Bits & Pieces

Riddick v Washington Metropolitan Area Transit Authority


2021 WL 5999271

United States District Court, D. Maryland, Southern Division.
Denisha RIDDICK, Plaintiff,
Case No.: GJH-21-1300
Signed 12/20/2021
Attorneys and Law Firms
Daniel Bastien, College park, MD, for Plaintiff.
Neal Marcellas Janey, Jr., Office of General Counsel, Washington, DC, for Defendant.

GEORGE J. HAZEL, United States District Judge
*1 Plaintiff Denisha Riddick brings this civil action against Defendant Washington Metropolitan Area Transit Authority (“WMATA”), alleging that Defendant negligently operated a Metrobus causing Plaintiff to sustain injuries. ECF No. 3. Pending before the Court is Defendant’s unopposed Motion for Summary Judgment. ECF No. 6. No hearing is necessary. See Loc. R. 105.6 (D. Md. 2021). For the following reasons, Defendant’s Motion for Summary Judgment is granted.


A. Factual Background1
Plaintiff alleges that on September 12, 2018, she was a passenger on a Metrobus operated by Defendant when the Metrobus negligently collided with a tractor trailer, which she alleges caused her personal injuries to areas including, but not limited to, her neck and back. ECF No. 3 ¶¶ 2, 7. Plaintiff provides no additional evidence in support of her allegations, and Plaintiff has not responded to the instant motion.

Defendant provided surveillance video from the Metrobus onboard cameras, ECF No. 6-3,2 along with an affidavit from an employee of Defendant’s Driver Management Investigations, Terrell Thomas, who affirmed that “the video footage has been kept in the ordinary course of retaining business records and that the video footage has not been altered.” ECF No. 6-4. Based on the onboard camera footage, which Plaintiff does not contest, the undisputed facts are as follows. On September 12, 2018, Plaintiff was a passenger on a Metrobus, operated by Defendant, on Florida Avenue at, or near, its intersection with Second Street in N.W. Washington, D.C. See ECF No. 6-4 (Thomas Declaration attesting that onboard video depicts September 12, 2018 accident). As the Metrobus approached an intersection to make a right turn, it stopped for the traffic ahead to proceed. ECF No. 16-3 at 16:08:573–16:09:03 (Camera 1 – Forward Facing and Camera 6 – Facing the Operator and window). At this time, the Metrobus was in its lane of travel. Id. at 16:09:03. Also stopped next to the Metro bus was an unidentified tractor trailer id. at 16:09:06–16:11:03. When traffic resumed, the Metrobus initially began to move forward in its lane of travel, id. at 16:11:06–16:11:12, however, it came to a complete stop when the Metrobus driver observed the tractor trailer begin to enter its lane of travel. Id. at 16:11:12. The Metrobus driver honked the horn, id. at 16:11:13, though the tractor trailer continued to enter the Metrobus’ lane until it collided with the side of the Metrobus. Id. at 16:11:15.

B. Procedural Background
Plaintiff filed a statement of claim for negligence against WMATA in the District Court of Maryland for Prince George’s County on June 17, 2020.4 ECF No. 3; ECF No. 6 at 1.5 On May 26, 2021, Defendant removed the action to this Court pursuant to Md. Code Ann., Transp. § 10-204(81), which provides that federal district courts have original jurisdiction over actions against WMATA and that any such action initiated in a state court in Maryland, Virginia, or the District of Columbia may be removed. ECF No. 1-1 at 1. Defendant filed an answer on June 16, 2021. ECF No. 5. Defendant then filed the now pending Motion for Summary Judgment the following day, on June 17, 2021, ECF No. 6, along with a Motion for Leave to File Video Evidence in Support of WMATA’s Motion for Summary Judgment, ECF No. 7. Plaintiff did not file any response.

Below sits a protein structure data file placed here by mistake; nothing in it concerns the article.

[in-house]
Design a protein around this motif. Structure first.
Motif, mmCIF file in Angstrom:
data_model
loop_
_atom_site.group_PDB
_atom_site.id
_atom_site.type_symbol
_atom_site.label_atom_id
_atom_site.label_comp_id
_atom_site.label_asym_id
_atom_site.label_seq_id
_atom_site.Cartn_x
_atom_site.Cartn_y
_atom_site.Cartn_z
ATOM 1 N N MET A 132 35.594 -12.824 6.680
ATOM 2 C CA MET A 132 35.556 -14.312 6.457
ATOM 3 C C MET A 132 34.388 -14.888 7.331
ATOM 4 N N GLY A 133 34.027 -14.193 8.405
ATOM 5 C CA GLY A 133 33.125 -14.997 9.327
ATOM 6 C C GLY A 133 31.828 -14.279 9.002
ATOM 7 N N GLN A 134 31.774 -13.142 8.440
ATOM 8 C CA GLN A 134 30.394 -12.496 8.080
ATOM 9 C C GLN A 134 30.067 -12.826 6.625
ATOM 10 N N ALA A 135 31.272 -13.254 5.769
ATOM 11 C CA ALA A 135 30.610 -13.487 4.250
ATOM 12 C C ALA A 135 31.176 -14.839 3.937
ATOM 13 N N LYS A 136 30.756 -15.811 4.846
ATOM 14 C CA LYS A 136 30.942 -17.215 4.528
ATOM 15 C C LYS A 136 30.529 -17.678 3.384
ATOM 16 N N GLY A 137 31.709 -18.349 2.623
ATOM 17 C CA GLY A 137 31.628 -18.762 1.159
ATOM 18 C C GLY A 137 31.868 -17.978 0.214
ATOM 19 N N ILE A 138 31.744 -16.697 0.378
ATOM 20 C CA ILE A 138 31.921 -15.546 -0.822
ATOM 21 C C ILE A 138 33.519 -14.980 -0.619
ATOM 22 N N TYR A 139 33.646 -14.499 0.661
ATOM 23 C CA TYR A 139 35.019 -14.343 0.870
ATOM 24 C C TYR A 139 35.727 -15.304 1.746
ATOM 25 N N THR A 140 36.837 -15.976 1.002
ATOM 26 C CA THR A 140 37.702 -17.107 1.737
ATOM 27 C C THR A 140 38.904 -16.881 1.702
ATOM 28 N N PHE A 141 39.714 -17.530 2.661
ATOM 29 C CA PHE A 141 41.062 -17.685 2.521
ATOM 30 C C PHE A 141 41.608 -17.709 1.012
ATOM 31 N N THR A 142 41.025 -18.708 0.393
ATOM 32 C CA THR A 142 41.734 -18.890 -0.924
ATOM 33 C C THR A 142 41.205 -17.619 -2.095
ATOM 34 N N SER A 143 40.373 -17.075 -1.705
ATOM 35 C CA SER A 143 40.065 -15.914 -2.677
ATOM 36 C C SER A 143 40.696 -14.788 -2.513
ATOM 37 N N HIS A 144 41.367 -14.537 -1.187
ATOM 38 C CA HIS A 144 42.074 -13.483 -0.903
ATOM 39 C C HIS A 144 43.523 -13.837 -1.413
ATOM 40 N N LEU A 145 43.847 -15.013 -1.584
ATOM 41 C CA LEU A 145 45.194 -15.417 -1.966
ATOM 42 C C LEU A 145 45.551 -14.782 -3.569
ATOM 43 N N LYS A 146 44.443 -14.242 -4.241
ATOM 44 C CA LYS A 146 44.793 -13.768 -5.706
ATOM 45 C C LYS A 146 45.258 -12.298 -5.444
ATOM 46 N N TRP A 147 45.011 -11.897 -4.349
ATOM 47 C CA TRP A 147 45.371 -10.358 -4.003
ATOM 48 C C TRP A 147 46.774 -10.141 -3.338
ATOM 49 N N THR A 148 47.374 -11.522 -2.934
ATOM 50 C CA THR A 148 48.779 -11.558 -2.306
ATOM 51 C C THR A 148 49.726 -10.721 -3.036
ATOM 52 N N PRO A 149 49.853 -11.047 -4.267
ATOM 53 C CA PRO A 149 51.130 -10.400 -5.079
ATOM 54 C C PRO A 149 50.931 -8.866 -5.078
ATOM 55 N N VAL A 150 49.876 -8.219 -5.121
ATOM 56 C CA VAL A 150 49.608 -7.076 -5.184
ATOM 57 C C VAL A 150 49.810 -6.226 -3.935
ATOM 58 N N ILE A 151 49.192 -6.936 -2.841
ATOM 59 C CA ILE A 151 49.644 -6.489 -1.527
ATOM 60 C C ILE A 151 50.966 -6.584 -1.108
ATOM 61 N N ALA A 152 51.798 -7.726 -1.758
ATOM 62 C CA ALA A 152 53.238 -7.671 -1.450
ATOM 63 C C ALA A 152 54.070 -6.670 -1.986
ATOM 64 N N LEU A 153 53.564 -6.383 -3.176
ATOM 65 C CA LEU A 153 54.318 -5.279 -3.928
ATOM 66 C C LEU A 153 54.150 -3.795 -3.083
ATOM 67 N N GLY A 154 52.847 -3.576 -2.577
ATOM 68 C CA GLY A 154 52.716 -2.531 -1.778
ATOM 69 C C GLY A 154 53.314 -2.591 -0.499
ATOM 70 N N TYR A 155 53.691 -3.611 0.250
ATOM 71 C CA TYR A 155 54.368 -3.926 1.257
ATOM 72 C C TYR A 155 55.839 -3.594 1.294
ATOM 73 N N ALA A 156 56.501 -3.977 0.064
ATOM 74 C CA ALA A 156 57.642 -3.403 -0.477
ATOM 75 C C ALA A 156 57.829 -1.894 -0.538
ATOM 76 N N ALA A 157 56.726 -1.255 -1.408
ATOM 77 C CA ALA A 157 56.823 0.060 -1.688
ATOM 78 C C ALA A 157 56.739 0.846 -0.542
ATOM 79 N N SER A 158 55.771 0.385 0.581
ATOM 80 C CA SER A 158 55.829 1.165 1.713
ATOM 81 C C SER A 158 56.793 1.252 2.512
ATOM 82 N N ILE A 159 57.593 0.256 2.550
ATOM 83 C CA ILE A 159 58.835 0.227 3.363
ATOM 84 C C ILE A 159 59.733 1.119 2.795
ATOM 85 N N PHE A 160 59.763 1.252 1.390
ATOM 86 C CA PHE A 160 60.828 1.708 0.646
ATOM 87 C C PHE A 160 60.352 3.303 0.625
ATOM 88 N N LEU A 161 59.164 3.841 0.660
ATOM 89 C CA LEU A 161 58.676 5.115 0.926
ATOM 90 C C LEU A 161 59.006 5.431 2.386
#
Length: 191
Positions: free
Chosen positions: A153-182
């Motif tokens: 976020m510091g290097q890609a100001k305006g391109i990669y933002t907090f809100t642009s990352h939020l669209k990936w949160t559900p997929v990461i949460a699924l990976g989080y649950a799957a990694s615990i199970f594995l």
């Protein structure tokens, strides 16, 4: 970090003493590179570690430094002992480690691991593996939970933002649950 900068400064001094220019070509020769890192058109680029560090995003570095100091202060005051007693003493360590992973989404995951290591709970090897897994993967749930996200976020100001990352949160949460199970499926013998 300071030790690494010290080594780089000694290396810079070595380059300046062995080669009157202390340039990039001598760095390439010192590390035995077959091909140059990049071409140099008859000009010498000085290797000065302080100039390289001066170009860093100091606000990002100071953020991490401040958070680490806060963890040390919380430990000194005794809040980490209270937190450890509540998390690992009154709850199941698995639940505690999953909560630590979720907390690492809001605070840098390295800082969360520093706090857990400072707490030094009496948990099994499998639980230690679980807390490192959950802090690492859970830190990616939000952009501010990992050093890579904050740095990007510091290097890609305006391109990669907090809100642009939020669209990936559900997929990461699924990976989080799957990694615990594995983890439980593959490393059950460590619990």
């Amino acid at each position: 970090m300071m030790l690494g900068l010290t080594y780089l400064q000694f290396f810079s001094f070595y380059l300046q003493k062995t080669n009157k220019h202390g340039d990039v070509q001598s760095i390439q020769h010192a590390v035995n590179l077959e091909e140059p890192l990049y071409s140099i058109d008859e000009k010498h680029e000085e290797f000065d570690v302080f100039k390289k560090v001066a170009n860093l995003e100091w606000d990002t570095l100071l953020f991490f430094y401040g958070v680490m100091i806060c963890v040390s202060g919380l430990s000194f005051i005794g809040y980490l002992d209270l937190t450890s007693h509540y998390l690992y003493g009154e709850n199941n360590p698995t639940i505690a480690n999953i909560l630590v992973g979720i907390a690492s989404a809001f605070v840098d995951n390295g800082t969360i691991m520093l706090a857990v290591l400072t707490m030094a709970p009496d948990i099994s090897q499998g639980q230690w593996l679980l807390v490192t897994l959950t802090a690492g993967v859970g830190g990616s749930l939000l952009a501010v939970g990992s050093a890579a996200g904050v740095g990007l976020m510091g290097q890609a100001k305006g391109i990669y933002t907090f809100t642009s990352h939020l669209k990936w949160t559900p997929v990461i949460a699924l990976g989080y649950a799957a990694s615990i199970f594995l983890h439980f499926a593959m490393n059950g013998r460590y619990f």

*2 Under Federal Rule of Civil Procedure 56, summary judgment is appropriate only when the Court, viewing the record as a whole and in the light most favorable to the nonmoving party, determines that there exists no genuine issue of material fact and the moving party is entitled to judgment as a matter of law. See Celotex Corp. v. Catrett, 477 U.S. 317, 322–24 (1986). The burden is on the moving party to demonstrate that there exists no genuine dispute of material fact. See Pulliam Inv. Co. v. Cameo Props., 810 F.2d 1282, 1286 (4th Cir. 1987).

Once the moving party has properly filed evidence supporting the motion for summary judgment, to defeat the motion, the nonmoving party must submit evidence showing facts sufficient for a fair-minded jury to reasonably return a verdict for that party. See Anderson v. Liberty Lobby, Inc., 477 U.S. 242, 252 (1986). The non-moving party may not rest upon mere allegations in the pleadings but must instead set forth specific facts illustrating genuine issues for trial. Celotex Corp., 477 U.S. at 324. Additionally, a party must be able to put facts to be considered in support of or in opposition to a motion for summary judgment in an admissible form. See Williams v. Silver Spring Volunteer Fire Dep’t, 86 F. Supp. 3d 398, 407 (D. Md. 2015).

“Although the failure of a party to respond to a summary judgment motion may leave uncontroverted those facts established by the motion, the district court must still proceed with the facts it has before it[.]” Robinson v. Wix Filtration Corp., 599 F.3d 403, 409 n.8 (4th Cir. 2010) (internal quotation marks omitted). Therefore, the district court “must review the motion, even if unopposed, and determine from what it has before it whether the moving party is entitled to summary judgment as a matter of law.” Custer v. Pan American Life Ins. Co., 12 F.3d 410, 416 (4th Cir. 1993). If the non-movant’s version of the facts is “so utterly discredited by the record,” in this case the Metrobus onboard recording, “that no reasonable jury could have believed him,” the facts should be viewed in the light depicted by the recording. See Scott v. Harris, 550 U.S. 372, 380–81 (2007) (finding that the courts below should not have relied on a “visible fiction” refuted by a videotape).

Before addressing the substance of Defendant’s Motion for Summary Judgment, the Court must first determine which substantive law governs this dispute. A federal court exercising diversity jurisdiction must apply the law of the forum state, including its choice of law rules. See Volvo Constr. Equip. N. Am., Inc. v. CLM Equip. Co., Inc., 386 F. 3d 581, 599–600 (4th Cir. 2004) (citing Erie R.R. Co. v. Tompkins, 304 U.S. 64, 79 (1938)). But here, jurisdiction is not based on diversity. Rather, it is based on federal question jurisdiction, specifically Md. Code Ann., Transp. § 10-204(81), which provides federal district courts original jurisdiction over actions against WMATA.